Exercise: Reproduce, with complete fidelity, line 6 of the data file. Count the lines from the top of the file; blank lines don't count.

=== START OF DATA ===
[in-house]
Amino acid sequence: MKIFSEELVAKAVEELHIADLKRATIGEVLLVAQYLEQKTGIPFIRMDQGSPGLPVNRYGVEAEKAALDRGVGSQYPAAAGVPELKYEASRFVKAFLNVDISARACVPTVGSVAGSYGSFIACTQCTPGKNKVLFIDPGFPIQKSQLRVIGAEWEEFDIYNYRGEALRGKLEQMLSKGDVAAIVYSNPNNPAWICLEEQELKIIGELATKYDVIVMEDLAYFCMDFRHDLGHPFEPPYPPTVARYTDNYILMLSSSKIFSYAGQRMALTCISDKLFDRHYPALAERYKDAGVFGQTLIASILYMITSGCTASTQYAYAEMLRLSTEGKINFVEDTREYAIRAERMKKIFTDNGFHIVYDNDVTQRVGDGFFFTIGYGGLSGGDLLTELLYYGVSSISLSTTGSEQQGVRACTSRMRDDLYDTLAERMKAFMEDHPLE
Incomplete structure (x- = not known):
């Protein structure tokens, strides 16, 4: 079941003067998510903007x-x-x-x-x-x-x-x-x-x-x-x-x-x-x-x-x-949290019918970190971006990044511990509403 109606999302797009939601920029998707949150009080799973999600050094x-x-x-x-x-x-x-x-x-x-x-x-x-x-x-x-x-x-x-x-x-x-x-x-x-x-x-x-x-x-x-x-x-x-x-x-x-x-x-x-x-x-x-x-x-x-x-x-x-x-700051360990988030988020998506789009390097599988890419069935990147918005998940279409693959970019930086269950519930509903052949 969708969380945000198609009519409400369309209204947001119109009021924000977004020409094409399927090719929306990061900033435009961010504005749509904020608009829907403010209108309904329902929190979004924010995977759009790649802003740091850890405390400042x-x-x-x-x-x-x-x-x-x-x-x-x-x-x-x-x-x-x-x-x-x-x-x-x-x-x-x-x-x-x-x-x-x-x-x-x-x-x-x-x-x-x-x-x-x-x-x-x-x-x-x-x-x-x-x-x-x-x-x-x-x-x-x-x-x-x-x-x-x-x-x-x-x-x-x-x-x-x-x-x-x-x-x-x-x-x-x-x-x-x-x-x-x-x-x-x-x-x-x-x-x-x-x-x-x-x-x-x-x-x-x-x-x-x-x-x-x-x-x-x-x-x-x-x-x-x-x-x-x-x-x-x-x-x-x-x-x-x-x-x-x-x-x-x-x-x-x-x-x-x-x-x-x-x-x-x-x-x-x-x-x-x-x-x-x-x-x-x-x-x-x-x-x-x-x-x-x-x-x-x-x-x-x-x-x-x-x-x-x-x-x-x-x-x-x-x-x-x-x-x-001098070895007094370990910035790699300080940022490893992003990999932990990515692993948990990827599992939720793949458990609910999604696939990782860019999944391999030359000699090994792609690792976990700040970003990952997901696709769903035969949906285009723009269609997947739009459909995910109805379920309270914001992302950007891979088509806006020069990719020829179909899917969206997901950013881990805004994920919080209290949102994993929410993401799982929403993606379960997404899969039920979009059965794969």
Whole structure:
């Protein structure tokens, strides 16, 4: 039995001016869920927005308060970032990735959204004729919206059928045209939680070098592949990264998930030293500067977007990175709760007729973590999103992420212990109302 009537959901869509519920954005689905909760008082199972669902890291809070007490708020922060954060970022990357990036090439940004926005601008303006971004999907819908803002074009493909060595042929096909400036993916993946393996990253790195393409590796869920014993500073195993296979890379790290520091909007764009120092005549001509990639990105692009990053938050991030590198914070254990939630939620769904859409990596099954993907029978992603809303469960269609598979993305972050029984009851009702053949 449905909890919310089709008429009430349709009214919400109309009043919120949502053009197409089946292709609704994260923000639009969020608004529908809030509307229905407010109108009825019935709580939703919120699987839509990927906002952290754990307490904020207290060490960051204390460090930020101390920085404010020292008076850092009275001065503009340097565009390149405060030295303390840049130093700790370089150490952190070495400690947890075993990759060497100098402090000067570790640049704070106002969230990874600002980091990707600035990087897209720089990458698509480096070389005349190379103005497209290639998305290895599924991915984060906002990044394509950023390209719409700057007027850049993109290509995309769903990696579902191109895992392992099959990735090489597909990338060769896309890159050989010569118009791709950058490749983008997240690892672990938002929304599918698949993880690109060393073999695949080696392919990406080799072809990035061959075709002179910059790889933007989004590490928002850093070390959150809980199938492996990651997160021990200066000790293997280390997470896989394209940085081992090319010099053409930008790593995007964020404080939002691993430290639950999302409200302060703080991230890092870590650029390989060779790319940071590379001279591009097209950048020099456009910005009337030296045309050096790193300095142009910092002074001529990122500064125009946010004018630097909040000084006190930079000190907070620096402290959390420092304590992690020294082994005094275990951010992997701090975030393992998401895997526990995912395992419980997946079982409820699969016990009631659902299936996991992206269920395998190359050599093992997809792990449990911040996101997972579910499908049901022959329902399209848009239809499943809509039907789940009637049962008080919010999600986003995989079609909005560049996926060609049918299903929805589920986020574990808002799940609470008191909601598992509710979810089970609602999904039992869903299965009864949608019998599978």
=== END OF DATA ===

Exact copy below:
């Protein structure tokens, strides 16, 4: 039995001016869920927005308060970032990735959204004729919206059928045209939680070098592949990264998930030293500067977007990175709760007729973590999103992420212990109302 009537959901869509519920954005689905909760008082199972669902890291809070007490708020922060954060970022990357990036090439940004926005601008303006971004999907819908803002074009493909060595042929096909400036993916993946393996990253790195393409590796869920014993500073195993296979890379790290520091909007764009120092005549001509990639990105692009990053938050991030590198914070254990939630939620769904859409990596099954993907029978992603809303469960269609598979993305972050029984009851009702053949 449905909890919310089709008429009430349709009214919400109309009043919120949502053009197409089946292709609704994260923000639009969020608004529908809030509307229905407010109108009825019935709580939703919120699987839509990927906002952290754990307490904020207290060490960051204390460090930020101390920085404010020292008076850092009275001065503009340097565009390149405060030295303390840049130093700790370089150490952190070495400690947890075993990759060497100098402090000067570790640049704070106002969230990874600002980091990707600035990087897209720089990458698509480096070389005349190379103005497209290639998305290895599924991915984060906002990044394509950023390209719409700057007027850049993109290509995309769903990696579902191109895992392992099959990735090489597909990338060769896309890159050989010569118009791709950058490749983008997240690892672990938002929304599918698949993880690109060393073999695949080696392919990406080799072809990035061959075709002179910059790889933007989004590490928002850093070390959150809980199938492996990651997160021990200066000790293997280390997470896989394209940085081992090319010099053409930008790593995007964020404080939002691993430290639950999302409200302060703080991230890092870590650029390989060779790319940071590379001279591009097209950048020099456009910005009337030296045309050096790193300095142009910092002074001529990122500064125009946010004018630097909040000084006190930079000190907070620096402290959390420092304590992690020294082994005094275990951010992997701090975030393992998401895997526990995912395992419980997946079982409820699969016990009631659902299936996991992206269920395998190359050599093992997809792990449990911040996101997972579910499908049901022959329902399209848009239809499943809509039907789940009637049962008080919010999600986003995989079609909005560049996926060609049918299903929805589920986020574990808002799940609470008191909601598992509710979810089970609602999904039992869903299965009864949608019998599978």